My Sister's Keeper

by Jodi Picoult | Literature & Fiction |
ISBN: 0340837748 Global Overview for this book
Registered by leeny37 of Melbourne CBD, Victoria Australia on 9/30/2005
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1 journaler for this copy...
Journal Entry 1 by leeny37 from Melbourne CBD, Victoria Australia on Friday, September 30, 2005
I first read this via a bookring organised by woosang and I loved it so much, I've gone out to purchase my own copy. This book made me cry, actually, scratch that, this book made me SOB, and it has been a while since I've read a book where I was so emotionally affected. I probably won't be re-reading it anytime soon, but it's a great one to keep on the bookshelf. I'm glad that I've discovered Jodi Picoult (thanks to BookCrossing!) and I'm looking forward to reading the rest of her books.

"Anna is not sick, but she might as well be. By age thirteen, she has undergone countless surgeries, transfusions and shots so that her older sister, Kate, can somehow fight the leukemia that has plagued her since childhood. Anna was conceived as a bone marrow match for Kate - a life and a role that she has never questioned ... until now. Like most teenagers, Anna is beginning to question who she truly is. But unlike most teenagers, she has always been defined in terms of her sister - and so Anna makes a decision that for most would be unthinkable ... a decision that will tear her family apart and have perhaps fatal consequences for the sister she loves.

Told from multiple points of view, My Sister's Keeper examines what it means to be a good parent, a good sister, a good person. Is it morally correct to do whatever it takes to save a child's life ... even if that means infringing upon the rights of another? Should you follow your own heart, or let others lead you? What happens when emotion catches up to scientific advances?"

From Amazon.com:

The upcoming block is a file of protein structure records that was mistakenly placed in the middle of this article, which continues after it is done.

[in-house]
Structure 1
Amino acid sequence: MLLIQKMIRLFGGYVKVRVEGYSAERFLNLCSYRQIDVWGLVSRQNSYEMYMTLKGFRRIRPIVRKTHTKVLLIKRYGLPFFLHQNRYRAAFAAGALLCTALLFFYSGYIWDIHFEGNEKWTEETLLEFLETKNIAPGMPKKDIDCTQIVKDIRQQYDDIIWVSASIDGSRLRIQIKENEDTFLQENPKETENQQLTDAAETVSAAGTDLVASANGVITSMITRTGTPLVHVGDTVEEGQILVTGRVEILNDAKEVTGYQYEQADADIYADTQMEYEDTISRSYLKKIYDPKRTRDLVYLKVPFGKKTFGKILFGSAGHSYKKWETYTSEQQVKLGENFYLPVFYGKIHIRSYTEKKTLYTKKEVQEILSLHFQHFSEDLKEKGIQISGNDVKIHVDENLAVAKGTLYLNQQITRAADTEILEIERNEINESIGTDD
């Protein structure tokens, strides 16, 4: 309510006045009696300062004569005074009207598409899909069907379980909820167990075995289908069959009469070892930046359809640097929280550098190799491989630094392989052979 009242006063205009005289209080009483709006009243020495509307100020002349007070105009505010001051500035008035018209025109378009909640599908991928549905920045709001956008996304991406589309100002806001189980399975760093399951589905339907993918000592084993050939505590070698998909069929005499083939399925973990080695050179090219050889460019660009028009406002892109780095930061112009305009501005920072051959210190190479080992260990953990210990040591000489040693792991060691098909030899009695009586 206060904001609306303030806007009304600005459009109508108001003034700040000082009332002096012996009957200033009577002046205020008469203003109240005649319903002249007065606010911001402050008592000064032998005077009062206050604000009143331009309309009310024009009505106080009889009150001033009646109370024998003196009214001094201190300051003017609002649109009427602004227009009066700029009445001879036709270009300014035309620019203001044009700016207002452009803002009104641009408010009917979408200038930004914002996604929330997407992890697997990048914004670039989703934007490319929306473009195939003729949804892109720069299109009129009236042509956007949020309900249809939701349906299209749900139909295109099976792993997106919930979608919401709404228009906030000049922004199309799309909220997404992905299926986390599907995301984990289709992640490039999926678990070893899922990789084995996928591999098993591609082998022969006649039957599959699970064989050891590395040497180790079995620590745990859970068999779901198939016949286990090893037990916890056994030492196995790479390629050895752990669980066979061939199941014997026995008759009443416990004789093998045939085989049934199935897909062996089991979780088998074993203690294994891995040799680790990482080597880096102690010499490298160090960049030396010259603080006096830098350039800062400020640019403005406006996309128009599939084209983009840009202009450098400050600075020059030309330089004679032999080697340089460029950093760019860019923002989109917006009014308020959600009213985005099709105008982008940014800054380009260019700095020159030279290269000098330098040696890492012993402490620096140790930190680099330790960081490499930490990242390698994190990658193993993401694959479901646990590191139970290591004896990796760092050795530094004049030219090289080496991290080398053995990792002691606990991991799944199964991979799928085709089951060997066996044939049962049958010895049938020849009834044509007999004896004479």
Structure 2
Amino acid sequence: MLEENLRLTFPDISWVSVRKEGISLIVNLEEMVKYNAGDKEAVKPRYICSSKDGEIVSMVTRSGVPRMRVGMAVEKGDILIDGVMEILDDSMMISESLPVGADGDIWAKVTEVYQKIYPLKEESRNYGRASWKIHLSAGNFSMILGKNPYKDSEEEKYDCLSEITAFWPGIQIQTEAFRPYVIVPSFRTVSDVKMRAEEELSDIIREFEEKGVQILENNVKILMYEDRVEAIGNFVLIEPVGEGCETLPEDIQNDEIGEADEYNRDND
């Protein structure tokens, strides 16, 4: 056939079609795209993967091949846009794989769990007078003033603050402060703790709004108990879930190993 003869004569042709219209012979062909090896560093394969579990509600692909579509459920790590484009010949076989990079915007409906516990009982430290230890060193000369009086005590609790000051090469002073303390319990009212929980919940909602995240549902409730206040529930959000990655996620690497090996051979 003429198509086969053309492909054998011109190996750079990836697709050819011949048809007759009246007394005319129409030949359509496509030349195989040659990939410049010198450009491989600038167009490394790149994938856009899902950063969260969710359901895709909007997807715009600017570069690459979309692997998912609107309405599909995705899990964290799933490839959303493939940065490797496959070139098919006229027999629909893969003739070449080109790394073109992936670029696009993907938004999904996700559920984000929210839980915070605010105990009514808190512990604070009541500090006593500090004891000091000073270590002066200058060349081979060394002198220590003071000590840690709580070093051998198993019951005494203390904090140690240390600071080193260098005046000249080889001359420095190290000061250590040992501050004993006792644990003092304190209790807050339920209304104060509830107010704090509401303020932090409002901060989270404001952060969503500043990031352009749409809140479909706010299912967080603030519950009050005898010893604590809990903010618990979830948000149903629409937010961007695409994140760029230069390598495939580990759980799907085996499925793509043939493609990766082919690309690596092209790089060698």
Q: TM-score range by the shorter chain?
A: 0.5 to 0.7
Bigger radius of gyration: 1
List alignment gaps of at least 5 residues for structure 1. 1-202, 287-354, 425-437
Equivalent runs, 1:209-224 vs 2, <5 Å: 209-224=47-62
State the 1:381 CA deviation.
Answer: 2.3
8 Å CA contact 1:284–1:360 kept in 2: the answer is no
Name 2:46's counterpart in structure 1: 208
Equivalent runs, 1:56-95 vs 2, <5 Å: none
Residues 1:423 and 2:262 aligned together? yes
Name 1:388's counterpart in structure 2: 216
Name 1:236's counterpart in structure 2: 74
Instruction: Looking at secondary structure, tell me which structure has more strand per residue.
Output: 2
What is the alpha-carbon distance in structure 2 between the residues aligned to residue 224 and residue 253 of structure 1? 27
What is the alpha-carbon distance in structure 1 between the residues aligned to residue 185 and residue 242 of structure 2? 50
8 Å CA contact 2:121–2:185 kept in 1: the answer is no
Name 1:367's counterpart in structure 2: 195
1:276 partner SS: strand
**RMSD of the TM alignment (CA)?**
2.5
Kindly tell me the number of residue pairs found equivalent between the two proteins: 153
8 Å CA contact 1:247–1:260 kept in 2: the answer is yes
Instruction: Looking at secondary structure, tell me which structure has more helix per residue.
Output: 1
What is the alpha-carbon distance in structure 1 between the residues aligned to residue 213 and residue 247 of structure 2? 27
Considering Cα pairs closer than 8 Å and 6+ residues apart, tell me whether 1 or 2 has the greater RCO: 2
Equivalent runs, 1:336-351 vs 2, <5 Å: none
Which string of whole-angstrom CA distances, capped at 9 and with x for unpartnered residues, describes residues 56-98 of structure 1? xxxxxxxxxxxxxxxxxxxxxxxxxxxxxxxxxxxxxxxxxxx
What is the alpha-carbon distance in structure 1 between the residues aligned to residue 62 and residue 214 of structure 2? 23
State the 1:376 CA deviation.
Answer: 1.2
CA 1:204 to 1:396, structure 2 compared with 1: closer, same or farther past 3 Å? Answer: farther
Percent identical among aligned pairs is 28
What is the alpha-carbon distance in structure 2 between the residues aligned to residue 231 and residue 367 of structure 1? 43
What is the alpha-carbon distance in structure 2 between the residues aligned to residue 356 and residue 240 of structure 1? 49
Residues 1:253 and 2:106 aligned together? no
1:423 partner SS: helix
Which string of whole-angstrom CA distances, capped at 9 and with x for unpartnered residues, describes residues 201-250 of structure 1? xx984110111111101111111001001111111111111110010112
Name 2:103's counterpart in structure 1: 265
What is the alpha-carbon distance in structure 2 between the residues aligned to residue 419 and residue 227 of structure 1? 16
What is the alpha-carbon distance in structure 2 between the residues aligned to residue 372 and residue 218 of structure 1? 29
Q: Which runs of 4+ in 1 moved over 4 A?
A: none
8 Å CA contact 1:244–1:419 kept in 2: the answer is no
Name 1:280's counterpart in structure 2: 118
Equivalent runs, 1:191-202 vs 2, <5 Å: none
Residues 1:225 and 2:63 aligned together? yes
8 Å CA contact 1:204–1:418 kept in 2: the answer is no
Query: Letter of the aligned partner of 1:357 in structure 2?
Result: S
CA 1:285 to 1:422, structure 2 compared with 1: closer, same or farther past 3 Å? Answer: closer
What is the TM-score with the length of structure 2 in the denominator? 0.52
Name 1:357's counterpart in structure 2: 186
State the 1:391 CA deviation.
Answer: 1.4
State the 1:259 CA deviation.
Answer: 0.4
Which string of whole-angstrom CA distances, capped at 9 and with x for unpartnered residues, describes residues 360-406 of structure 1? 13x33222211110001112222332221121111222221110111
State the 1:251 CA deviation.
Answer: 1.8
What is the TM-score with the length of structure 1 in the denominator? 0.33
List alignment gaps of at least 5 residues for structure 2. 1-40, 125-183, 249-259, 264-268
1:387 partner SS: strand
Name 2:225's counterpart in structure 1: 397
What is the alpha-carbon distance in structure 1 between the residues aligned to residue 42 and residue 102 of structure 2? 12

The difficult choices a family must make when a child is diagnosed with a serious disease are explored with pathos and understanding in this 11th novel by Picoult (Second Glance, etc.). The author, who has taken on such controversial subjects as euthanasia (Mercy), teen suicide (The Pact) and sterilization laws (Second Glance), turns her gaze on genetic planning, the prospect of creating babies for health purposes and the ethical and moral fallout that results. Kate Fitzgerald has a rare form of leukemia. Her sister, Anna, was conceived to provide a donor match for procedures that become increasingly invasive. At 13, Anna hires a lawyer so that she can sue her parents for the right to make her own decisions about how her body is used when a kidney transplant is planned. Meanwhile, Jesse, the neglected oldest child of the family, is out setting fires, which his firefighter father, Brian, inevitably puts out. Picoult uses multiple viewpoints to reveal each character's intentions and observations, but she doesn't manage her transitions as gracefully as usual; a series of flashbacks are abrupt. Nor is Sara, the children's mother, as well developed and three-dimensional as previous Picoult protagonists. Her devotion to Kate is understandable, but her complete lack of sympathy for Anna's predicament until the trial does not ring true, nor can we buy that Sara would dust off her law degree and represent herself in such a complicated case. Nevertheless, Picoult ably explores a complex subject with bravado and clarity, and comes up with a heart-wrenching, unexpected plot twist at the book's conclusion.

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